A hike to the peak of the Santa Isabel glacier is a race against global warming


A three-day hike in Los Nevados National Park, culminating in a night ascent up the Santa Isabel glacier and volcano reads the programme. But, an ice-covered volcano in the tropics? It sounds geographically impossible, yet exactly the out-of-my-Cali-comfort-zone challenge 2019 was calling for. Except now, it’s two days before the expedition start date and I’m finally reading the required kit list complete with pictures of highly-prepared people dressed head to foot in all the right hiking gear.

While the tour agency provides the specialist equipment for the glacier, I’m lacking a key item on the Essential Packing list: proper hiking boots. I sense the dawning of a packing panic.

I message Montañas Colombianas to admit my foolhardiness, reluctantly sending pictures of footwear options: better an aging pair of trainers lacking tread? or some bargainous hiking shoes bought online and never worn? Sebastian López from the agency responds telling me that while either might do for days one and two, the day three glacier ascent requires more serious bootage. He sends back a picture of some ginormous heavy-duty moon boots fit for scaling Everest, which he can lend me for the weekend.

With boots semi-sorted, I complete my packing with a few beg-borrows from friends – a head-torch, decent sunglasses, and several pairs of thick socks. Then, it’s off to meet my all-girl Team Summit to catch an evening bus to Pereira. In a late-night pre-trip briefing with our guide James, we talk hiking gear. Do we have thick waterproof gloves? Sheepish ‘no’s’ all around. Do we have waterproof trousers? Another round of headshaking. It’s not looking good, but he’s calm, making a mental note of what is missing before telling us he’ll see us at 6 am.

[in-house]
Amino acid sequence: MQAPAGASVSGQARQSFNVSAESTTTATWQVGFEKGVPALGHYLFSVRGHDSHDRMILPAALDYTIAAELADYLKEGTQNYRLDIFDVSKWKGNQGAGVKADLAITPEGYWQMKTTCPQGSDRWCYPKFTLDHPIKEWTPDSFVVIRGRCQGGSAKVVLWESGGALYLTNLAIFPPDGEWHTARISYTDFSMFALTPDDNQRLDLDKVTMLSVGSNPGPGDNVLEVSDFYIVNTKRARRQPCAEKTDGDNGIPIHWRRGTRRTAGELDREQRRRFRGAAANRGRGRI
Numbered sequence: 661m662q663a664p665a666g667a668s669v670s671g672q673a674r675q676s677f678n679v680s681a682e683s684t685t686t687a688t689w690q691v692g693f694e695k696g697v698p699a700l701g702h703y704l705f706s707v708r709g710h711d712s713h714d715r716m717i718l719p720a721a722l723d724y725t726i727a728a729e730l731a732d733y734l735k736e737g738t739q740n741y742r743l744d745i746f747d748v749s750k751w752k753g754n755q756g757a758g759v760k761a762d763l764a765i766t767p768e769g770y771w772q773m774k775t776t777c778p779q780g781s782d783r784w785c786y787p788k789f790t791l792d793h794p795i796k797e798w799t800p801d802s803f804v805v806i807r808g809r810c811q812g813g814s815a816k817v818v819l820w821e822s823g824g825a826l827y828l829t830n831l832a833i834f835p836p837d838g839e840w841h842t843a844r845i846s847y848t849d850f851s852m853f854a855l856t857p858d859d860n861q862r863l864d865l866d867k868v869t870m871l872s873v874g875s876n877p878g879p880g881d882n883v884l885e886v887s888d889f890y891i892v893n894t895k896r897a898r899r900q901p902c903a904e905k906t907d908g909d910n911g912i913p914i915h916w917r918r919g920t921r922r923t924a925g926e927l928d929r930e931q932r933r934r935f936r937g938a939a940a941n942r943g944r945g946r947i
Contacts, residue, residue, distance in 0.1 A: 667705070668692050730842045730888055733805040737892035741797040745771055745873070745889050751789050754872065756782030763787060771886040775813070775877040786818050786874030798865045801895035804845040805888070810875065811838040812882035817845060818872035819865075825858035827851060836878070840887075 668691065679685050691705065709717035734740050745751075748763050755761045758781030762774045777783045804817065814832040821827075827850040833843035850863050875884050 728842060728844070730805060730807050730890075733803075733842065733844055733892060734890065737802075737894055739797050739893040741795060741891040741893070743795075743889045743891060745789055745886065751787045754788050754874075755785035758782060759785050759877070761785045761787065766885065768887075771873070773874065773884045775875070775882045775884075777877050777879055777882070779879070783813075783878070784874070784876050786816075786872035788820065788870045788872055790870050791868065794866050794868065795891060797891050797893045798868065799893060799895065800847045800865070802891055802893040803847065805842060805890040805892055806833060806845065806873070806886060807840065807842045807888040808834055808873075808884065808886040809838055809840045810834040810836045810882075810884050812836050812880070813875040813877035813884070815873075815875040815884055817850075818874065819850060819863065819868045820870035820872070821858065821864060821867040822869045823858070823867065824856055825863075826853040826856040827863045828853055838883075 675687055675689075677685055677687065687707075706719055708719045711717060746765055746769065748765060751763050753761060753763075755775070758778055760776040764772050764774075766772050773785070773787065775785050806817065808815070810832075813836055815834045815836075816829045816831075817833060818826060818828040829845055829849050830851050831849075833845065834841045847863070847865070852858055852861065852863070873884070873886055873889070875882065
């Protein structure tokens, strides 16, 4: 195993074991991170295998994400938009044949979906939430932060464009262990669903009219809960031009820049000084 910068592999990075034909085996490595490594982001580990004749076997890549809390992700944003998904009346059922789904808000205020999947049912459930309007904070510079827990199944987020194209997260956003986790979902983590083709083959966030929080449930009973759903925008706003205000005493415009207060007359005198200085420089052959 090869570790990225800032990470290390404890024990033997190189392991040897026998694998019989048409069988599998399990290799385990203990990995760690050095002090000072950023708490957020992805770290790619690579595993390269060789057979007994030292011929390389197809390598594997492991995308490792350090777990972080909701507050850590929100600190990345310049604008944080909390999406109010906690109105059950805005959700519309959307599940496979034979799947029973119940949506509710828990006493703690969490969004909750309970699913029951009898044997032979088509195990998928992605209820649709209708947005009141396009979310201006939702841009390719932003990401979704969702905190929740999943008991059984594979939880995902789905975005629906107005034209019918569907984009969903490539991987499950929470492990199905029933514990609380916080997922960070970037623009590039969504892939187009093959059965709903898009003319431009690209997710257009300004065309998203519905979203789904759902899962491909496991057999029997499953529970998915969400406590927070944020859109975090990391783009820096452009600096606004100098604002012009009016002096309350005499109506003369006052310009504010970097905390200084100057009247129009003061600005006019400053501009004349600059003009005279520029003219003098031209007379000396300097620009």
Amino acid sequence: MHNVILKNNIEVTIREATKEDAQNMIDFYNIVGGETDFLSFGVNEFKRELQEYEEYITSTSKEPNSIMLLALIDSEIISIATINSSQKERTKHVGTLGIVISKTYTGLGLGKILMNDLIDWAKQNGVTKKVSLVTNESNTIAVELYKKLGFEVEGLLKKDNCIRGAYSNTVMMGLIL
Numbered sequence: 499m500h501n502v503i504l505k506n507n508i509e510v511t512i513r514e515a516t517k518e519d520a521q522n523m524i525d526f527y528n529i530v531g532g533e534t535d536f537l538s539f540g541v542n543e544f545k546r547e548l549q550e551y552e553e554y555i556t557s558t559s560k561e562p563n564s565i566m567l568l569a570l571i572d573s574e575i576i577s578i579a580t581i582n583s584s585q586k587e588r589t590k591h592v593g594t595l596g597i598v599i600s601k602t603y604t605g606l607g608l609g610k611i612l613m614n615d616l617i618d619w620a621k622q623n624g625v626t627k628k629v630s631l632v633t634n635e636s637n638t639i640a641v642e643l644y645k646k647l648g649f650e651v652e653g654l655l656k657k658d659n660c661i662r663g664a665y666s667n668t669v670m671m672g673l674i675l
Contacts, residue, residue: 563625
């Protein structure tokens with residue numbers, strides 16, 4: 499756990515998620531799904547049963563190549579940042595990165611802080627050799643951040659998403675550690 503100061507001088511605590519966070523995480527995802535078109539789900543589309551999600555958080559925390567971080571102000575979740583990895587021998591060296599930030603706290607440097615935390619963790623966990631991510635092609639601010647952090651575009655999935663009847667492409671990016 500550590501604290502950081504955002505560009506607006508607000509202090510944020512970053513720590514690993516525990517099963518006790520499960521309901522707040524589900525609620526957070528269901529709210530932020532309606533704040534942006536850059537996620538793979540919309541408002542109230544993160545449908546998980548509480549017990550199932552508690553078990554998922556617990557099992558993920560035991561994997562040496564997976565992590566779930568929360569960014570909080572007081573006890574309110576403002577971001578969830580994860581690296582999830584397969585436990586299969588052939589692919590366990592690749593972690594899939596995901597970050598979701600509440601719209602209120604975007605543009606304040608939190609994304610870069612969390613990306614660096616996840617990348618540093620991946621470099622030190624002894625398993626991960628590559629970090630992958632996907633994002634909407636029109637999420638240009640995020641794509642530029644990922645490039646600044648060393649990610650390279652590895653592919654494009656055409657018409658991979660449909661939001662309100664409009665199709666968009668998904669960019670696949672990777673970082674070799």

Post-breakfast, we get organized – the option of loading onto a mule any stuff we won’t need during each day’s hiking makes me feel like a princess-y cheat but also secretly relieved. Then it’s into a 4×4 to El Cedral to start our walk through the Parque Regional Natural Ucumari?. With an altitude of 1,900 meters, we’re walking through lush green cloud forest with babbling brooks and woodland trails.

Post-lunch, it’s a rainy afternoon of sloshing through rivers with no chance of keeping our feet dry, proper hiking boots or not. Tonight’s lodging is at Mariluz’s house, a humble campesino homestead with stunning views. It’s a squeeze in dorm beds and shared doubles, but soon we are hanging out in her warm kitchen where she cooks over firewood. The mule arrives! I’m embarrassed by how much weight the poor brute is carrying appears to be mine. With the hope that our sodden shoes will be dried by the warmth of the kitchen stove overnight, we hit the sack, more tired than we want to admit.

An early start is offset by a breakfast of champions – hot chocolate, eggs and a Colombian double carb combo of rice and arepa brought to the table by the mule. We set off with a packed lunch, our shoes dry and spirits high.